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The Snow Goose has two color plumage morphs, white (snow) or gray/blue (blue), thus the common description as "snows" and "blues." White-morph birds are white except for black wing tips, but blue-morph geese have bluish-grey plumage replacing the white except on the head, neck and tail tip. The immature blue phase is drab or slate-gray with little to no white on the head, neck, or belly. Both snow and blue phases have rose-red feet and legs, and pink bills with black tomia ("cutting edges"), giving them a black "grin patch." The colors are not as bright on the feet, legs, and bill of immature birds. The head can be stained rusty-brown from minerals in the soil where they feed. They are very vocal and can often be heard from more than a mile away.now Geese often nest in colonies. Nesting usually begins at the end of May or during the first few days of June, depending on snow conditions. The female selects a nest site and builds the nest on an area of high ground. The nest is a shallow depression lined with plant material and may be reused from year to year. After the female lays the first of 3 to 5 eggs, she lines the nest with down. The female incubates for 22 to 25 days, and the young leave the nest within a few hours of hatching.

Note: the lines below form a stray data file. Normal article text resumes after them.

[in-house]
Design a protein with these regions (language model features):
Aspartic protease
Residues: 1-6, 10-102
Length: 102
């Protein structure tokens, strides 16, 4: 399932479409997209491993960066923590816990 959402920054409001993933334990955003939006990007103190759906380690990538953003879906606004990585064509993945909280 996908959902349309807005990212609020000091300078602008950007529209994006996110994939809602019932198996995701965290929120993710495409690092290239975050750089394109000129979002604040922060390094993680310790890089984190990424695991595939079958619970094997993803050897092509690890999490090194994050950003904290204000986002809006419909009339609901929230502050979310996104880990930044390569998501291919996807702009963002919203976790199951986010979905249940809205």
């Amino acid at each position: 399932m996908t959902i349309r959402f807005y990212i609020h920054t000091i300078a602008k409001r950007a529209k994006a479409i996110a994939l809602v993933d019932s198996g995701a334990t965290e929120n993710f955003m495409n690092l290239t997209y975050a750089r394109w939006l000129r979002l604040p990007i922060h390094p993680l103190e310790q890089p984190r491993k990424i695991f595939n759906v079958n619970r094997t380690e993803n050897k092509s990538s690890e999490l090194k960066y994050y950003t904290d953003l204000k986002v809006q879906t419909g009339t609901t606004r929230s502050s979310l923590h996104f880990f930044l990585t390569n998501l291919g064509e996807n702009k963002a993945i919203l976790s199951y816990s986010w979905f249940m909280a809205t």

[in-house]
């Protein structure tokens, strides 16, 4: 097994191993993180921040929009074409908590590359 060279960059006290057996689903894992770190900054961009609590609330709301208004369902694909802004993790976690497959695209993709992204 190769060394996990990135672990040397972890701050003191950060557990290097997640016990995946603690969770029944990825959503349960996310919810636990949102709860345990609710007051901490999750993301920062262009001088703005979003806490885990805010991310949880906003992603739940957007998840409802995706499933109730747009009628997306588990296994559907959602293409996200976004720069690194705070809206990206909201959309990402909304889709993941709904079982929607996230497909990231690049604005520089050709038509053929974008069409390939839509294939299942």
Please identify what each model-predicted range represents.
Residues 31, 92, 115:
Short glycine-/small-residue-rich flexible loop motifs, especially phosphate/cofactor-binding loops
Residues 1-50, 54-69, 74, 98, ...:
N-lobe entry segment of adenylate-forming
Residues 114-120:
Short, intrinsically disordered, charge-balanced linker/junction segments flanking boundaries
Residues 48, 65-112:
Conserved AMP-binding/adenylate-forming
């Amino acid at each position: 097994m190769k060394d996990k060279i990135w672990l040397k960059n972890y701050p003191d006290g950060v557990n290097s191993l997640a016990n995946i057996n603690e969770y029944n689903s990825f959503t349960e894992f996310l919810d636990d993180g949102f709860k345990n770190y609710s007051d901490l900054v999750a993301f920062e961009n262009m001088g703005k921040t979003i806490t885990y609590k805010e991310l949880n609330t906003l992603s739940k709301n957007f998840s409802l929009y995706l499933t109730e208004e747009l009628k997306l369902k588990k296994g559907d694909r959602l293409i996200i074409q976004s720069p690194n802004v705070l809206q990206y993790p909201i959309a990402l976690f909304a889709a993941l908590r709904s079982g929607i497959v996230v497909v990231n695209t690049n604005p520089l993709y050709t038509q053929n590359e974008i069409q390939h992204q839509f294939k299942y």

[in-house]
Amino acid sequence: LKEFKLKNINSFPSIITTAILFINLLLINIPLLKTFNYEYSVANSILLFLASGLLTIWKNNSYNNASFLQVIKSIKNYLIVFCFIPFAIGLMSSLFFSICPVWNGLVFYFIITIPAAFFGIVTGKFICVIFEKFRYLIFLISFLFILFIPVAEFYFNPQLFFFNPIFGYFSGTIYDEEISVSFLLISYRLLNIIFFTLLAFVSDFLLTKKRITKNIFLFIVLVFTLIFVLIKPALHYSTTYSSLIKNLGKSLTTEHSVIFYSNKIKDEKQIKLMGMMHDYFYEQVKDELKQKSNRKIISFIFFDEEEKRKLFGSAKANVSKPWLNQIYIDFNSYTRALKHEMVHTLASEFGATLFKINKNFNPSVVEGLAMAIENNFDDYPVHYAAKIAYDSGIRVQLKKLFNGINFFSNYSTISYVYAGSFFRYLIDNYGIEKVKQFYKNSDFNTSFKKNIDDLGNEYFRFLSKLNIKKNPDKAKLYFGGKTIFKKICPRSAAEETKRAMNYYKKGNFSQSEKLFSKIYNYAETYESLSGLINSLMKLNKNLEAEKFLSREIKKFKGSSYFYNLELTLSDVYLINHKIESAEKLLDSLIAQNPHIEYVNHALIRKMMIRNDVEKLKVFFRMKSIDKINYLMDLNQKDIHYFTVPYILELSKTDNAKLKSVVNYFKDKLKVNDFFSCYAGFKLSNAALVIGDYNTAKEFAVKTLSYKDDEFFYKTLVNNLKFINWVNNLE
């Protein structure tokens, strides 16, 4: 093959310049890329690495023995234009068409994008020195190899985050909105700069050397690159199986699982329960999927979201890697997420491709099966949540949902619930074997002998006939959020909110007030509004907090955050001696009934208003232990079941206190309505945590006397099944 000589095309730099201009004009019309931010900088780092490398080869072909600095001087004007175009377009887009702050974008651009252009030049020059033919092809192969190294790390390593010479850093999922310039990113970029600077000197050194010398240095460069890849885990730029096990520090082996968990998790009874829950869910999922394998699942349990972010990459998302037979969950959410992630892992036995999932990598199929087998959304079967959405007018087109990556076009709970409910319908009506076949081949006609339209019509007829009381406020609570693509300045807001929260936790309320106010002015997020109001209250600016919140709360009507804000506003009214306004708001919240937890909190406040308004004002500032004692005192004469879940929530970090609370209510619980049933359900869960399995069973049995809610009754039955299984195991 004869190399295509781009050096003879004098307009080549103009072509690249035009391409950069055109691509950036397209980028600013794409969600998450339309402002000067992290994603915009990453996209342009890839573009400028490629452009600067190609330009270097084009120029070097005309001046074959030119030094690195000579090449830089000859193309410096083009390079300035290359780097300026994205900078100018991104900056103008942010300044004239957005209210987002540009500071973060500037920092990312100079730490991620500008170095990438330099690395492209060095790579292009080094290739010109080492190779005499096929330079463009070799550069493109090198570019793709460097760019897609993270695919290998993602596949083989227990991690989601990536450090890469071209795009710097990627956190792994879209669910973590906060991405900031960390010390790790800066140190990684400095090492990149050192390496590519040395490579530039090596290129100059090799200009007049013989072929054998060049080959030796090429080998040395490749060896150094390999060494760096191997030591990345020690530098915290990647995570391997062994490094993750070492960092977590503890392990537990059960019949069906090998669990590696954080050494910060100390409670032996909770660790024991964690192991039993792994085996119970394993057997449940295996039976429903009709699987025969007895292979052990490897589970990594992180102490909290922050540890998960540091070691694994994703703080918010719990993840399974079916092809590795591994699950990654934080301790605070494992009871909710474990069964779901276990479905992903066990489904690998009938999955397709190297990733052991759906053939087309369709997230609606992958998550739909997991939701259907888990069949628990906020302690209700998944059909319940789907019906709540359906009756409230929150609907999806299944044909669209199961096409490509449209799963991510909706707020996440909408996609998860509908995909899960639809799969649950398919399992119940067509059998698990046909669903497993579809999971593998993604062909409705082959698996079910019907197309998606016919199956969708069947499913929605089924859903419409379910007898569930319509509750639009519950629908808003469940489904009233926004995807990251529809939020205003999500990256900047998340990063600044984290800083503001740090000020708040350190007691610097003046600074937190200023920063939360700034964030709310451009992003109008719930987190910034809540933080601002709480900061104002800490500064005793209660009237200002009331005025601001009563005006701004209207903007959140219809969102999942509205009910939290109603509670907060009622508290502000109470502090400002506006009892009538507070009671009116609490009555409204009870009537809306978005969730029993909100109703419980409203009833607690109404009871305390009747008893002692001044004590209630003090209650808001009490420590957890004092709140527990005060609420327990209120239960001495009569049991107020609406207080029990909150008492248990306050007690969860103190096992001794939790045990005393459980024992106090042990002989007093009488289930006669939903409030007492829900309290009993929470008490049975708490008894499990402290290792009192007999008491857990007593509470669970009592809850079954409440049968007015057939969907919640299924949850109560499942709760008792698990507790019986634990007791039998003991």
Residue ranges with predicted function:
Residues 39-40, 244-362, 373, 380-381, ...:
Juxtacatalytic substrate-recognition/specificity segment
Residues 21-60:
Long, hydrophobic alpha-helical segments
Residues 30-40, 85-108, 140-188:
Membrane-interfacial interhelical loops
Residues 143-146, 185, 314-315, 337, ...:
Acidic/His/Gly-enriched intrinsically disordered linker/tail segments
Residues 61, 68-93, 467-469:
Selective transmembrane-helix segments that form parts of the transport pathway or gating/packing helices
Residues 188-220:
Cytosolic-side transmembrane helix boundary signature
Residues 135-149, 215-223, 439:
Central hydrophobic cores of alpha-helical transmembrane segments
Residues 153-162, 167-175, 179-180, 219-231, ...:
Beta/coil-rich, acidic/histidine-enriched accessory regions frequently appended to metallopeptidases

The young feed themselves, but are protected by both parents. After 42 to 50 days they can fly, but they remain with their family until they are 2 to 3 years old.Blue morphs actually arenít blue, they just look like it. On closer inspection their body is mostly dark gray-brown with a white head and foreneck. .
May 6th, 2013
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